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Re: [xml-dev] xml:base and fragments

> On May 10, 2017, at 12:29 PM, Andrew S. Townley <ast@atownley.org> wrote:
>> On May 10, 2017, at 2:28 PM, C. M. Sperberg-McQueen <cmsmcq@blackmesatech.com> wrote:
>>> On May 10, 2017, at 5:49 AM, Andrew S. Townley <ast@atownley.org> wrote:
>>> ...
>>> The question still remains, apparently, what is the correct character sequence that should be the value of the base URI within the scope of the element e.
>> ?!  
> And I said this because you repeatedly referred to the URI used to retrieve the entity resource as the base URI in spite of content-level, explicit specifications to the contrary.

I don’t think so.  

I have repeatedly said that the relative reference is defined as identifying a
fragment within the current entity, and thus (I infer) identifies the same
fragment as a URI constructed from the URI used to retrieve the current
document, without fragment identifier, plus the fragment component
given in the relative reference in question.

I do not believe I have ever described the document-retrieval URI as
the base URI; if you wish to persuade me that I have done so not once
but repeatedly, I think I will have to ask you to provide some evidence of
your claim.

If you have misunderstood my statements about what the relative reference 
identifies in the various examples as claims that the relative reference
has more than one base URI, or one different from that specified in xml:base,
then that would explain some of the course of this discussion.  But no,
I do not believe and have never claimed that the document entity in
the examples is the base URI to be used in absolutizing the relative 
references; I have merely observed that the absolute form of the 
relative reference and a URI constructed from the document URI seem,
on the account offered in RFC 3986, to identify the same thing.

> If not, then this question is closed, but also given your “many camps” description above, perhaps it is still not addressed satisfactorily.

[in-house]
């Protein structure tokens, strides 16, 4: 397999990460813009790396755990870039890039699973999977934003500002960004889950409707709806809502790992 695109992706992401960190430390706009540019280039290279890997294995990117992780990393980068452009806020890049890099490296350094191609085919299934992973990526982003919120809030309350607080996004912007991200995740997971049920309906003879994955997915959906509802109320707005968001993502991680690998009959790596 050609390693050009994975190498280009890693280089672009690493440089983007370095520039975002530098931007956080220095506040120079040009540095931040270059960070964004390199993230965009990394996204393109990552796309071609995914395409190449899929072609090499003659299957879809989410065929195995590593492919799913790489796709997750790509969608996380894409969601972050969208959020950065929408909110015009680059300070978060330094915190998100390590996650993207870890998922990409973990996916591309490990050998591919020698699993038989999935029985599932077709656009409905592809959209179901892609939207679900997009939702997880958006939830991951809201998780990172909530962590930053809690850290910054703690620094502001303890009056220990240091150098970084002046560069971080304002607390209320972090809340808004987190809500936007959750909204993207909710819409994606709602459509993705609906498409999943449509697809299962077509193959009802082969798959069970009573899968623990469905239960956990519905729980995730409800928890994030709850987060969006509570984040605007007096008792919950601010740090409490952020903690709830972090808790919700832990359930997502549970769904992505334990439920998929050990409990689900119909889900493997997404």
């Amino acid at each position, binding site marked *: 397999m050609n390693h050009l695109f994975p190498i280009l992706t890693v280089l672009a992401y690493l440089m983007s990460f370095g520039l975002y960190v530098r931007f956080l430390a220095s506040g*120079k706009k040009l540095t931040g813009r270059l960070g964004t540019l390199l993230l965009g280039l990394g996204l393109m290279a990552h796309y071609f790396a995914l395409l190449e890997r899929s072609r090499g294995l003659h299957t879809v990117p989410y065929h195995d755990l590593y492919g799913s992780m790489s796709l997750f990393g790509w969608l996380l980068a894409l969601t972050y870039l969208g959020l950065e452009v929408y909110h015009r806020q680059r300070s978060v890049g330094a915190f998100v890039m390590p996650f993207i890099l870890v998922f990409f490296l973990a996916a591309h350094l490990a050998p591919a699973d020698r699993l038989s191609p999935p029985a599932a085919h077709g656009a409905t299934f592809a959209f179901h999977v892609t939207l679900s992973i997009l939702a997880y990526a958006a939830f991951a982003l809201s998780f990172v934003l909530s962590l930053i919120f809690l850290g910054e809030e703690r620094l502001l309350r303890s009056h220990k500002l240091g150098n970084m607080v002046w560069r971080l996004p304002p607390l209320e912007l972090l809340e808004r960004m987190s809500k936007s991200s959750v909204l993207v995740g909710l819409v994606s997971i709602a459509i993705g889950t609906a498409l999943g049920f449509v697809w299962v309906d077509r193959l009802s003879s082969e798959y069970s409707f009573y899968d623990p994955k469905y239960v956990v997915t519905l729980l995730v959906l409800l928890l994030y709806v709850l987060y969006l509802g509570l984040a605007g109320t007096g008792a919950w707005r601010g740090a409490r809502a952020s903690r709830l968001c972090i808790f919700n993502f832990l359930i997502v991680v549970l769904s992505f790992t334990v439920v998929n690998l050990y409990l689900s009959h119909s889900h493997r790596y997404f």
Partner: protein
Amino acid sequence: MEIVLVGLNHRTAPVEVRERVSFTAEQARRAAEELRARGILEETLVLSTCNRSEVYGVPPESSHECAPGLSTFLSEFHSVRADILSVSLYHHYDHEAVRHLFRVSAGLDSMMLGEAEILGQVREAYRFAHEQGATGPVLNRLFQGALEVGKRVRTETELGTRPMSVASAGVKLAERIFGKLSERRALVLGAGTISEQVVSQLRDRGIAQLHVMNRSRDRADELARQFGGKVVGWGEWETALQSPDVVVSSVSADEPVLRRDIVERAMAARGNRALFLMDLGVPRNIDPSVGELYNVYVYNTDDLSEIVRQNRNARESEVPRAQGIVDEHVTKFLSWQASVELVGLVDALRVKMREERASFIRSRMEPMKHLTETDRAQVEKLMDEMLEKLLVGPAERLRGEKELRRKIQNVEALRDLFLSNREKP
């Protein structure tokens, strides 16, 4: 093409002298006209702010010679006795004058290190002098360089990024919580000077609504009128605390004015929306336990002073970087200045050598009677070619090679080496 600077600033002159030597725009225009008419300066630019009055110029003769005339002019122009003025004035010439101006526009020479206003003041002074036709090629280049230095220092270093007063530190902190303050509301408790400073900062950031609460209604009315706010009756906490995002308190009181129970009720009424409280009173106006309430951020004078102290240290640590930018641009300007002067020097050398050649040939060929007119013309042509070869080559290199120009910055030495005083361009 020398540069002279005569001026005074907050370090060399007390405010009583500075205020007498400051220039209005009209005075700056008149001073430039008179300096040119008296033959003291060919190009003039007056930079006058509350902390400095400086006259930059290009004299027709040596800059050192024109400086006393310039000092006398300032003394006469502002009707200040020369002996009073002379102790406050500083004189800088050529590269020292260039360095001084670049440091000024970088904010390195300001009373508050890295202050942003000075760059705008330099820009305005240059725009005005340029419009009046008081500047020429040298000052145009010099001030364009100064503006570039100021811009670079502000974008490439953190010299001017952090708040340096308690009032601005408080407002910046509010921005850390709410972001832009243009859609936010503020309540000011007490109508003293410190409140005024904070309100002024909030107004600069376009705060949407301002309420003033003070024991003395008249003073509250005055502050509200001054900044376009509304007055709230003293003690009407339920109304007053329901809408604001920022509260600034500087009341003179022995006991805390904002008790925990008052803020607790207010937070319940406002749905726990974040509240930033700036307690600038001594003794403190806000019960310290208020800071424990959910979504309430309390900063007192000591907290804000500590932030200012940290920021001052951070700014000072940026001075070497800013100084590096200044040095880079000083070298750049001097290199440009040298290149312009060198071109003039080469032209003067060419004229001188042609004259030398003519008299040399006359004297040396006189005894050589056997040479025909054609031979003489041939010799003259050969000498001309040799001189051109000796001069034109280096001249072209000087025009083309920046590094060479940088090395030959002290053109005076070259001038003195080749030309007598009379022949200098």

> At this stage, my inclination is to leave it to the pundits to make their own judgments, but that’s how the thread started in the first place.  

What is the antecedent of “that” here?  

You appear to be saying that this thread began with my claiming that under
certain circumstances the URI from which a document was retrieved should
be used as the base URI for resolving relative references in preference to
the base URI specified by the use of HTML ‘base’ or the xml:base attribute.
If so, then I respectfully disagree.  The thread began with email from 
John McCaskey in which he posed a question which had been discussed
on the TEI-L list and asked readers of xml-dev what they thought of it. 

> ...
> The only thing I was “denying” was that there was an additional required dereference retrieval action against the base URI discovered in the content so that Section 4.4’s “same document” semantics applied.

Thanks for the clarification; your denial (or “denial”) would perhaps have 
been more obvious and more clearly relevant if anyone in the discussion 
had suggested that dereferencing the reference “#apple” in John
McCaskey’s original example required a fresh retrieval of the
document containing the reference. Did anyone make that suggestion?

> As stated 4? times now, that assumption was incorrect and the processing user agent must consider the base URI as relating to the current resource, regardless if said base URI has been dereferenced or not.

Sorry; I’m completely lost here.  I do not know what you are talking about.

> ...
> Given that there’s a sequence that takes place during the retrieval process, while the user (or developer) may have the impression that http://example.com/stat/doc.html#foo and http://www.example/com/stat/blargh#foo are the same, and, except from a technical perspective relating to HTTP and the RFC, they are as far as most users may be concerned.

I apologize, but I do not know how to parse the sentence just quoted.

> However, since we’re talking in the land of RFC’s and specifications, these distinctions are material, so I will attempt to illustrate my perspective.
> 1. A URI dereference via retrieval action is requested for “http://www.example.com/stat/doc.html#foo” assuming this is not within the scope of 4.4 Same Document reference semantics.
> 2. The URI is parsed into its scheme representation according to Section 4.3:
>>   Scheme specifications will not define
>>   fragment identifier syntax or usage, regardless of its applicability
>>   to resources identifiable via that scheme, as fragment identification
>>   is orthogonal to scheme definition.
> This means that the actual resource dereference retrieval action by the user agent uses the URI "http://www.example.com/stat/doc.html”
> 3. The octet stream and meta data is processed by the user agent to assemble a representation based on understanding the structure of the resource’s media type.
> 4. The resource is interpreted according to Section 5.1 to identify an appropriate Base URI for relative URI resolution according to Section 5.  The result of this interpretation (in this case), results in assigning the value of "http://www.example.com/stat/blarg” as the base URI for the loaded resource.